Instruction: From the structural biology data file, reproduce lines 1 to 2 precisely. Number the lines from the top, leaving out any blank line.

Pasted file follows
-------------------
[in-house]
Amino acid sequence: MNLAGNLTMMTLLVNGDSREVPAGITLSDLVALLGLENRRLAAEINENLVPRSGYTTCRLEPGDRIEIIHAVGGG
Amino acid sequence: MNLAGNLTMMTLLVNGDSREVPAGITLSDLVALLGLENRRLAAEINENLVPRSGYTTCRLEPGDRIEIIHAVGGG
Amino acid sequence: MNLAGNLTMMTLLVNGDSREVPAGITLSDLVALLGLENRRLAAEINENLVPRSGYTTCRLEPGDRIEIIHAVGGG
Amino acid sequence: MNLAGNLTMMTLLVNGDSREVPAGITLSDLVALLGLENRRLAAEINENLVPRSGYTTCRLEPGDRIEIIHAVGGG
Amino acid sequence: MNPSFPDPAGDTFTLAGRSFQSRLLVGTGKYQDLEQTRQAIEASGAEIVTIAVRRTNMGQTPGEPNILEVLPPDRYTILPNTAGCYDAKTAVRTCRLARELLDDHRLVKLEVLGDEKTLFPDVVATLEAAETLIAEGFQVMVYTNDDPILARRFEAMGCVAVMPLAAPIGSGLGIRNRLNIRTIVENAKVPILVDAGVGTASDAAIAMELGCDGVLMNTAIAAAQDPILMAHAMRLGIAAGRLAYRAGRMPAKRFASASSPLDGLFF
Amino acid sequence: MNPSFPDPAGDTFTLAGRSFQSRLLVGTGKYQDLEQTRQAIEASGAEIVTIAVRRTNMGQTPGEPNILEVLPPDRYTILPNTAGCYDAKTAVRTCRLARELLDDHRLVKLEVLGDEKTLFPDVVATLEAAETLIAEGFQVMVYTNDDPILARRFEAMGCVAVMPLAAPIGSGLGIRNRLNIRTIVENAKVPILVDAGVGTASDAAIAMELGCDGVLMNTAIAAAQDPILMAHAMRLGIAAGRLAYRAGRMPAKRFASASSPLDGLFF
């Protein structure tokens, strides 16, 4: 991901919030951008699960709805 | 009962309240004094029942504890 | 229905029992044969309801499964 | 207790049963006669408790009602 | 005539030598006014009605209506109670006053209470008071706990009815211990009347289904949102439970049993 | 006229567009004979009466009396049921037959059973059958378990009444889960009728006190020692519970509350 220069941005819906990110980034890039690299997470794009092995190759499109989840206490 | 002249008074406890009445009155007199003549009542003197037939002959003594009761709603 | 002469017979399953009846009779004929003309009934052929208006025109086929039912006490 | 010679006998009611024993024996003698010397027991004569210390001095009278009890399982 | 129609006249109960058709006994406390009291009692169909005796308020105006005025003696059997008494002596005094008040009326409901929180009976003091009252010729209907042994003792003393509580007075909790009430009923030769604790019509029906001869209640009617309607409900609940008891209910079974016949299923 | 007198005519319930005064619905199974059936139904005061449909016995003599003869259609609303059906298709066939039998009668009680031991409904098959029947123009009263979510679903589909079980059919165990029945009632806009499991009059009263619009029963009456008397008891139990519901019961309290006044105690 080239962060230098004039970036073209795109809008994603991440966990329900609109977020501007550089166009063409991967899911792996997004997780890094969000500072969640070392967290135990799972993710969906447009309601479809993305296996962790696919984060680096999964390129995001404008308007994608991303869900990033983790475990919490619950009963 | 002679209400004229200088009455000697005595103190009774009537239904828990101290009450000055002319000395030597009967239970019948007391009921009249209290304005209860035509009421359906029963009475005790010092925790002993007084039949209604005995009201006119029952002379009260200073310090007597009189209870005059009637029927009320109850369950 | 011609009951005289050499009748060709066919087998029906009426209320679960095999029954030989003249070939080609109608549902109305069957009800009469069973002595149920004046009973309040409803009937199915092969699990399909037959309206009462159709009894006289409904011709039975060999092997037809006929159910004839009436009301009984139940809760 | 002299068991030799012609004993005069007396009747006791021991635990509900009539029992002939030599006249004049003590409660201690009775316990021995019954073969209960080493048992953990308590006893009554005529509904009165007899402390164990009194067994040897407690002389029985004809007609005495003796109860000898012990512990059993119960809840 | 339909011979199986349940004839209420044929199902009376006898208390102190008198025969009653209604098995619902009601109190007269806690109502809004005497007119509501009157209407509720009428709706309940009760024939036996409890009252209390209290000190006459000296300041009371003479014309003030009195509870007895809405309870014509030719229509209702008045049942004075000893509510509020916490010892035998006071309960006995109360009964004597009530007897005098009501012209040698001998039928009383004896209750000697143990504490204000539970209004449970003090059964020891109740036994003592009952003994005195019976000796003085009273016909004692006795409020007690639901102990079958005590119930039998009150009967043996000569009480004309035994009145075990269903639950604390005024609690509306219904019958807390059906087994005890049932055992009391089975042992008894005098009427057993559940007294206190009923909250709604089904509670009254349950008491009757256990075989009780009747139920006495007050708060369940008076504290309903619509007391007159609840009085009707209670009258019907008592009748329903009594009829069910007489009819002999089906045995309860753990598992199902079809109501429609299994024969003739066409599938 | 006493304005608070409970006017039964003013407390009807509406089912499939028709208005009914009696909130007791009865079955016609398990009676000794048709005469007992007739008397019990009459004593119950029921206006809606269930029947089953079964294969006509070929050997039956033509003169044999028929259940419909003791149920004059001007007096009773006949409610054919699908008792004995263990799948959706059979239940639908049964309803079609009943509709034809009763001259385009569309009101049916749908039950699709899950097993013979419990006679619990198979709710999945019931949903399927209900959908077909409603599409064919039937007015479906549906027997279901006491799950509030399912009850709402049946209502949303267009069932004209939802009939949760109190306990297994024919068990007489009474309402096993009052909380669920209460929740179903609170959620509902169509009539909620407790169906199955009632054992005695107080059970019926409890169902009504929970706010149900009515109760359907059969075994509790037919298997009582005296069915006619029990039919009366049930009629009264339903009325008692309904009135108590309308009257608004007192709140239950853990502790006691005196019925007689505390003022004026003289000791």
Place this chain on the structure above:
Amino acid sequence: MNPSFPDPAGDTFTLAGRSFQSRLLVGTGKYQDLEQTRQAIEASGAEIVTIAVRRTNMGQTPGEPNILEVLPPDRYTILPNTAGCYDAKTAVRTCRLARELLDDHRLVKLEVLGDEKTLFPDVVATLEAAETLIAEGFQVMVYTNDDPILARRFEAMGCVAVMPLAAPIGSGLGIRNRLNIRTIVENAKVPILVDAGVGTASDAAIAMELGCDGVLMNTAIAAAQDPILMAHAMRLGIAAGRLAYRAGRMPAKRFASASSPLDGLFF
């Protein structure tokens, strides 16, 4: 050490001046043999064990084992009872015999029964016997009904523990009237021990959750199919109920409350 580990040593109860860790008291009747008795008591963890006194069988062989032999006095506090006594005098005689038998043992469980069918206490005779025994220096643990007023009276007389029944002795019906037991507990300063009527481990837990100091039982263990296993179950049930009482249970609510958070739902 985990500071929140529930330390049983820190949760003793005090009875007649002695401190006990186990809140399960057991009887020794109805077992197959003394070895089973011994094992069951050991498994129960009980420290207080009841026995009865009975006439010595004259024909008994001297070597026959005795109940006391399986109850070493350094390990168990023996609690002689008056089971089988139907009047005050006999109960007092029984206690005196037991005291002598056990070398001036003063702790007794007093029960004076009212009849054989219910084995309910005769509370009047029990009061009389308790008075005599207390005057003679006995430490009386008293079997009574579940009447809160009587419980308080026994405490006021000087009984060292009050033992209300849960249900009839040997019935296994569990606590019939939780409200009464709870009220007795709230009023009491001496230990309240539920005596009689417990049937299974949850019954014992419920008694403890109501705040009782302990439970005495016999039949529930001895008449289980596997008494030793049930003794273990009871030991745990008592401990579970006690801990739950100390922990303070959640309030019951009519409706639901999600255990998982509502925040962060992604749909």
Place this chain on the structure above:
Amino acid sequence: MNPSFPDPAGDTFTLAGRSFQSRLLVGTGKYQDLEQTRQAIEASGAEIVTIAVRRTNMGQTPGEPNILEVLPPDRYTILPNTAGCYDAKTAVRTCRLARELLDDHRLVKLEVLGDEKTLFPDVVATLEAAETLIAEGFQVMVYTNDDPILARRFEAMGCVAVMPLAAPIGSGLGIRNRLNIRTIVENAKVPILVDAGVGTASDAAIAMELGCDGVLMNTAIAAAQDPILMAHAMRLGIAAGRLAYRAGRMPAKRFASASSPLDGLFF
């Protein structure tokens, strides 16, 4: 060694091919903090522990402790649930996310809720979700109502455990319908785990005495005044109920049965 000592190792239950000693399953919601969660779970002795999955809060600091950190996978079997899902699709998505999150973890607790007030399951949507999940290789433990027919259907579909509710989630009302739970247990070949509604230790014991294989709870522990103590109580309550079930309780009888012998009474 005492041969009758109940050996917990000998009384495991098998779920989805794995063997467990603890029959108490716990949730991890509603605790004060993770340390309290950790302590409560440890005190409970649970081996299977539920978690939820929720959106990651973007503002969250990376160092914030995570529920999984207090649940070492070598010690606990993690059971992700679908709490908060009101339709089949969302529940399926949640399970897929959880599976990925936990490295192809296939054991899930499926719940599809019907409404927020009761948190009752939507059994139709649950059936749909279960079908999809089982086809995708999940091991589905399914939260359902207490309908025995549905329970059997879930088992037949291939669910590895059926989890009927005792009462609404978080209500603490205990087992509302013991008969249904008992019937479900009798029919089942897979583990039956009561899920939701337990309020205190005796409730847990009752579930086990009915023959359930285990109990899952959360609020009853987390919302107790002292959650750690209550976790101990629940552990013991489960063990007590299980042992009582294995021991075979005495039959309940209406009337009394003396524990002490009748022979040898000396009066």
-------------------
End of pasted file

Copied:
[in-house]
Amino acid sequence: MNLAGNLTMMTLLVNGDSREVPAGITLSDLVALLGLENRRLAAEINENLVPRSGYTTCRLEPGDRIEIIHAVGGG